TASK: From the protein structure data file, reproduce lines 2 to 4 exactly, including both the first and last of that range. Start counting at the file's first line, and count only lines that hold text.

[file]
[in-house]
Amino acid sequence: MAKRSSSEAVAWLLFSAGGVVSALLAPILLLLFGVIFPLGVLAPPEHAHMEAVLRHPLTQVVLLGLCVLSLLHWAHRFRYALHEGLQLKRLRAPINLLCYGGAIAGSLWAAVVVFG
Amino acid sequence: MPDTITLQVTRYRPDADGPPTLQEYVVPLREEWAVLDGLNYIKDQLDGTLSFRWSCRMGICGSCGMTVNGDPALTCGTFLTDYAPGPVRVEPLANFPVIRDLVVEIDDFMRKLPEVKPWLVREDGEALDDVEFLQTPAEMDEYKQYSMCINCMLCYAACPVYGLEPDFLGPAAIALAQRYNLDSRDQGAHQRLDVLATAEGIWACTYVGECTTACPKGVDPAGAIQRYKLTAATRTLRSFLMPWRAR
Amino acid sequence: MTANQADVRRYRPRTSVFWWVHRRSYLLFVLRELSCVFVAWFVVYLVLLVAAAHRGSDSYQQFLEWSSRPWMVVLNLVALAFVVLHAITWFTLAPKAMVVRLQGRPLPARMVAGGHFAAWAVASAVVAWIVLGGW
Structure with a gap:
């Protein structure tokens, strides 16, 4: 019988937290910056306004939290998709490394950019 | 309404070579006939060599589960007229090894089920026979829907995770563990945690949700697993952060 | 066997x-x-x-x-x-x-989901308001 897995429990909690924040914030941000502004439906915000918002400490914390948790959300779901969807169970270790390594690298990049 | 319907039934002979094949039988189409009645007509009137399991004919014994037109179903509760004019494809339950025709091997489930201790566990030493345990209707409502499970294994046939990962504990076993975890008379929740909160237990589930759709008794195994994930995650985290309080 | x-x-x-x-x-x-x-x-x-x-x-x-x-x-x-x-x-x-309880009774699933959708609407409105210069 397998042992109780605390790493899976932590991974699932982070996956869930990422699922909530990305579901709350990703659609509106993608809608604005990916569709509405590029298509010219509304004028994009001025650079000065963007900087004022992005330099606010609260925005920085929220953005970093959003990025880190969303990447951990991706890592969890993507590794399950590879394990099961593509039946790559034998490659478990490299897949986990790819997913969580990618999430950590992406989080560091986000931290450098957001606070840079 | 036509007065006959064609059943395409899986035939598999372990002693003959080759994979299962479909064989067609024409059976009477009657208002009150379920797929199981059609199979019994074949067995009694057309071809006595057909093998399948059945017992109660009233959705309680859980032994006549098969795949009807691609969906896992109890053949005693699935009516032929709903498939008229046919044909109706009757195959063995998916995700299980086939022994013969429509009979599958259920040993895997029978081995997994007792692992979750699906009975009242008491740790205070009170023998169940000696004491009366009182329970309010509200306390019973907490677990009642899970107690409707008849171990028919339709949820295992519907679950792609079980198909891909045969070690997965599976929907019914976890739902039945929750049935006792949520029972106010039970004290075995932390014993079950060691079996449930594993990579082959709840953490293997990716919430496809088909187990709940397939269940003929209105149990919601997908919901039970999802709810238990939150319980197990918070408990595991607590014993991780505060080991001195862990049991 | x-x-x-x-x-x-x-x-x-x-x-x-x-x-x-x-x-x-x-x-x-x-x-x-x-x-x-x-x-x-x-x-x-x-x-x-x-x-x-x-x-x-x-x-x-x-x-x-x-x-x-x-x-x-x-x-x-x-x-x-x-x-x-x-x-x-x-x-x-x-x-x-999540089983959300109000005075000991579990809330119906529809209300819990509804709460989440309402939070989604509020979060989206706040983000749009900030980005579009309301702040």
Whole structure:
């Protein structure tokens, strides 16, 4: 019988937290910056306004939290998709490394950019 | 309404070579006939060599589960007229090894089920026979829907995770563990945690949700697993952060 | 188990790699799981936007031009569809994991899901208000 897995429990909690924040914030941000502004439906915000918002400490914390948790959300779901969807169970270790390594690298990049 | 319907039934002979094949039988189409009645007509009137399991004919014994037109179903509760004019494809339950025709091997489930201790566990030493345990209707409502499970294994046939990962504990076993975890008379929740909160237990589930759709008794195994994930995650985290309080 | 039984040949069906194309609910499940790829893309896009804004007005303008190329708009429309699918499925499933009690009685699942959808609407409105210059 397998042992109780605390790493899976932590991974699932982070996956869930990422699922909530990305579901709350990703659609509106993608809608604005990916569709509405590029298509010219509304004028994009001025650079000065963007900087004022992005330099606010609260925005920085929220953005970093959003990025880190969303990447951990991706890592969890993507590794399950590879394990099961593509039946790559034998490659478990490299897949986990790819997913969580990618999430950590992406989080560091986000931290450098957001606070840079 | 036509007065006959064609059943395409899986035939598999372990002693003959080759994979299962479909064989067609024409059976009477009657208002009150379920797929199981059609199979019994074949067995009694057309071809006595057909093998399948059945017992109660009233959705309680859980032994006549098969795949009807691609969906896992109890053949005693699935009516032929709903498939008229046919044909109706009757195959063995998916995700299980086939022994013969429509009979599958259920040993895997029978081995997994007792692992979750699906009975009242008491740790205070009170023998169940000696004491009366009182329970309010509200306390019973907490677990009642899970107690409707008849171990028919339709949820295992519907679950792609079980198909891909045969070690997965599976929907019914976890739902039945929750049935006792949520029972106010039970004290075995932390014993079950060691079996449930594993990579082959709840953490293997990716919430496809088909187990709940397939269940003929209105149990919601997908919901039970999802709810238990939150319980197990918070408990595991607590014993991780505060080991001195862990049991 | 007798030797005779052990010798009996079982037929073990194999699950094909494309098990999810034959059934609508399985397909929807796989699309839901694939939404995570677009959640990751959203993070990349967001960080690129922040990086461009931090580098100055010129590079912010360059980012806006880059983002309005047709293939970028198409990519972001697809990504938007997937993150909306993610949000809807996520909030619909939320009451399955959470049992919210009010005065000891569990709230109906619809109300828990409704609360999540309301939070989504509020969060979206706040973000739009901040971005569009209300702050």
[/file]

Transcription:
Amino acid sequence: MAKRSSSEAVAWLLFSAGGVVSALLAPILLLLFGVIFPLGVLAPPEHAHMEAVLRHPLTQVVLLGLCVLSLLHWAHRFRYALHEGLQLKRLRAPINLLCYGGAIAGSLWAAVVVFG
Amino acid sequence: MPDTITLQVTRYRPDADGPPTLQEYVVPLREEWAVLDGLNYIKDQLDGTLSFRWSCRMGICGSCGMTVNGDPALTCGTFLTDYAPGPVRVEPLANFPVIRDLVVEIDDFMRKLPEVKPWLVREDGEALDDVEFLQTPAEMDEYKQYSMCINCMLCYAACPVYGLEPDFLGPAAIALAQRYNLDSRDQGAHQRLDVLATAEGIWACTYVGECTTACPKGVDPAGAIQRYKLTAATRTLRSFLMPWRAR
Amino acid sequence: MTANQADVRRYRPRTSVFWWVHRRSYLLFVLRELSCVFVAWFVVYLVLLVAAAHRGSDSYQQFLEWSSRPWMVVLNLVALAFVVLHAITWFTLAPKAMVVRLQGRPLPARMVAGGHFAAWAVASAVVAWIVLGGW